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Br J Pharmacol. 1999 Feb;126(3):681-8.

ATP- and glutathione-dependent transport of chemotherapeutic drugs by the multidrug resistance protein MRP1.

Author information

1
Groningen Institute for Drug Studies, Division of Gastroenterology and Hepatology, University Hospital Groningen, The Netherlands. j.w.renes@med.rug.nl

Abstract

The present study was performed to investigate the ability of the multidrug resistance protein (MRPI) to transport different cationic substrates in comparison with MDR1-P-glycoprotein (MDR1). Transport studies were performed with isolated membrane vesicles from in vitro selected multidrug resistant cell lines overexpressing MDR1 (A2780AD) or MRP1 (GLC4/Adr) and a MRP1-transfected cell line (S1(MRP)). As substrates we used 3H-labelled derivatives of the hydrophilic monoquaternary cation N-(4',4'-azo-in-pentyl)-21-deoxy-ajmalinium (APDA), the basic drug vincristine and the more hydrophobic basic drug daunorubicin. All three are known MDR1-substrates. MRP1 did not mediate transport of these substrates per se. In the presence of reduced glutathione (GSH), there was an ATP-dependent uptake of vincristine and daunorubicin, but not of APDA, into GLC4/Adr and S1(MRP) membrane vesicles which could be inhibited by the MRP1-inhibitor MK571. ATP- and GSH-dependent transport of daunorubicin and vincristine into GLC4/Adr membrane vesicles was inhibited by the MRP1-specific monoclonal antibody QCRL-3. MRP1-mediated daunorubicin transport rates were dependent on the concentration of GSH and were maximal at concentrations > or = 10 mM. The apparent KM value for GSH was 2.7 mM. Transport of daunorubicin in the presence of 10 mM GSH was inhibited by MK571 with an IC50 of 0.4 microM. In conclusion, these results demonstrate that MRP1 transports vincristine and daunorubicin in an ATP- and GSH-dependent manner. APDA is not a substrate for MRP1.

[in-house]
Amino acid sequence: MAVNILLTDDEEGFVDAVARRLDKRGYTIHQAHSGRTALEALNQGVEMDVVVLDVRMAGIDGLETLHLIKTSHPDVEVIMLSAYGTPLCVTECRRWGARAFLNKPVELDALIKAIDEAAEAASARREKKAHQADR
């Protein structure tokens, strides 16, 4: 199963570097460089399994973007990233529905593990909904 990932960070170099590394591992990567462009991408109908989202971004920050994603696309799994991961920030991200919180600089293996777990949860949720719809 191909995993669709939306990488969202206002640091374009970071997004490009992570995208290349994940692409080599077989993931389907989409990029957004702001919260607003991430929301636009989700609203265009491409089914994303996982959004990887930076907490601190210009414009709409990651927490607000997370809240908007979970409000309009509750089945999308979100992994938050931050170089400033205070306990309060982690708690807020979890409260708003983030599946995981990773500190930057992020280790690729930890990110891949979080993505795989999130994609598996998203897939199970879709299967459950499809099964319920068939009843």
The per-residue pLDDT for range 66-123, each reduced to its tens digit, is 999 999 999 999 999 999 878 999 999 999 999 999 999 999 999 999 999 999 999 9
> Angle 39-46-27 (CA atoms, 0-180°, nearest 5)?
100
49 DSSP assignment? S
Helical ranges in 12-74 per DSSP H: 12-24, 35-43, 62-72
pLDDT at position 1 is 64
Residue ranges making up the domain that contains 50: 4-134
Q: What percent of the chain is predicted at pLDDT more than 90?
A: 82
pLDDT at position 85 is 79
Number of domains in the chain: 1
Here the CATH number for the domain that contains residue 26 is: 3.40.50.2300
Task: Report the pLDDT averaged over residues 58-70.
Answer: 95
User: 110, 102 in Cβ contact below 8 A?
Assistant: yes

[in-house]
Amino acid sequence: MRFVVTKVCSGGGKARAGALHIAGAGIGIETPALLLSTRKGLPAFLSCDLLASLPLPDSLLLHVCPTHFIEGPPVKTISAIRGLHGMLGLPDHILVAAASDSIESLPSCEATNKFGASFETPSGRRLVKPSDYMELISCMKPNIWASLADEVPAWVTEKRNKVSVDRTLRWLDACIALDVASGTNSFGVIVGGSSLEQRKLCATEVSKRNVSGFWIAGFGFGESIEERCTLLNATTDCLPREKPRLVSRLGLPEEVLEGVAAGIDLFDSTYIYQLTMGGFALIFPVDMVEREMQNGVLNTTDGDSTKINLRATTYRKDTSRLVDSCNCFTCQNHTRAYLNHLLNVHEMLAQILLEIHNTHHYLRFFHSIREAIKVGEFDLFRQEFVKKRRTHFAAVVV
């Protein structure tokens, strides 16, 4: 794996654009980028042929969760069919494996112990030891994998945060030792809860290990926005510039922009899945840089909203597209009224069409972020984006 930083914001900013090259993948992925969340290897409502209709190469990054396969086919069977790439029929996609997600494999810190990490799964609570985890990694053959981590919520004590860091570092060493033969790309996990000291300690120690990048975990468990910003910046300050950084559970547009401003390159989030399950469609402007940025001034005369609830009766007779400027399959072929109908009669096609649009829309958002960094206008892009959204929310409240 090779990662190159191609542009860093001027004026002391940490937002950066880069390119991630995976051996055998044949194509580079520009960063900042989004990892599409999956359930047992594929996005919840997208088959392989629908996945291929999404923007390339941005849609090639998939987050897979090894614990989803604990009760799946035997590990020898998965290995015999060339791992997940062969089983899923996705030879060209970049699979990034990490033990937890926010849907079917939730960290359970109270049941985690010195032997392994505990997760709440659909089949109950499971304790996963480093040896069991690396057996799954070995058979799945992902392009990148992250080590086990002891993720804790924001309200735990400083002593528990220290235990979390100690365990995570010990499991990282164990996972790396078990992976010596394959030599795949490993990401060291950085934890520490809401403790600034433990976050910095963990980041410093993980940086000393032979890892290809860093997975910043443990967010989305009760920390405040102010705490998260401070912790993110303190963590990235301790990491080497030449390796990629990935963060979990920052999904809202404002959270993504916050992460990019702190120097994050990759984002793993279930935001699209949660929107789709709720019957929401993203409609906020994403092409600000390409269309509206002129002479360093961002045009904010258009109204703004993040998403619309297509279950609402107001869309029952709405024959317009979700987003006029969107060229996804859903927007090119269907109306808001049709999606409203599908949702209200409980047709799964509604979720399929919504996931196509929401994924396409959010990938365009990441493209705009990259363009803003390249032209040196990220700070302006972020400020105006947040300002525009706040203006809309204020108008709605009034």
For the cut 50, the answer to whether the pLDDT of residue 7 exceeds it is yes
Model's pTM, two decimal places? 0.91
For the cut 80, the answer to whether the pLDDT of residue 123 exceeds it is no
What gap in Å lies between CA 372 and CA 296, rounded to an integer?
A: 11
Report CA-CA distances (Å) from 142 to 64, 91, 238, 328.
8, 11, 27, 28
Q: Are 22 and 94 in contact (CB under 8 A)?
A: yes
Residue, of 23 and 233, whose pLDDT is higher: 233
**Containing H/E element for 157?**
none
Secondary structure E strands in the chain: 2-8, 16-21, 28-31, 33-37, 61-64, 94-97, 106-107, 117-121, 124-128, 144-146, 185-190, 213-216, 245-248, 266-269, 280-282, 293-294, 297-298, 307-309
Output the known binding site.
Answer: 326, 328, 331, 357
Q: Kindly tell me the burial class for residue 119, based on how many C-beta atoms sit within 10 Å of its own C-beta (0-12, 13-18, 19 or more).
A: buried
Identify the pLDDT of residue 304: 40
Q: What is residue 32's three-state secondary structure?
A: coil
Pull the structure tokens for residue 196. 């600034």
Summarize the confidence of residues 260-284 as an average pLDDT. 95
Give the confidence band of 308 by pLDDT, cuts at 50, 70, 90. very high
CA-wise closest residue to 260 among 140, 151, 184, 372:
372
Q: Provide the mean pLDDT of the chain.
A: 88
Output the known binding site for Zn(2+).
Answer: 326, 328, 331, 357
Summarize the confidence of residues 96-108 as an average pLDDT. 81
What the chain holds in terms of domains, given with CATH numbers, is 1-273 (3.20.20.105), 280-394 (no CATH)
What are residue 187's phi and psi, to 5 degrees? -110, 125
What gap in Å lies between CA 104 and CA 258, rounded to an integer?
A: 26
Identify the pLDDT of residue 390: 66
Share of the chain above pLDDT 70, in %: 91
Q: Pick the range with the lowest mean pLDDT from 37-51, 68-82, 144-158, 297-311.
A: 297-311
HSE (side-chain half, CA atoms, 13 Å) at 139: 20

PMID:
10188979
PMCID:
PMC1565864
DOI:
10.1038/sj.bjp.0702360
[Indexed for MEDLINE]
Free PMC Article

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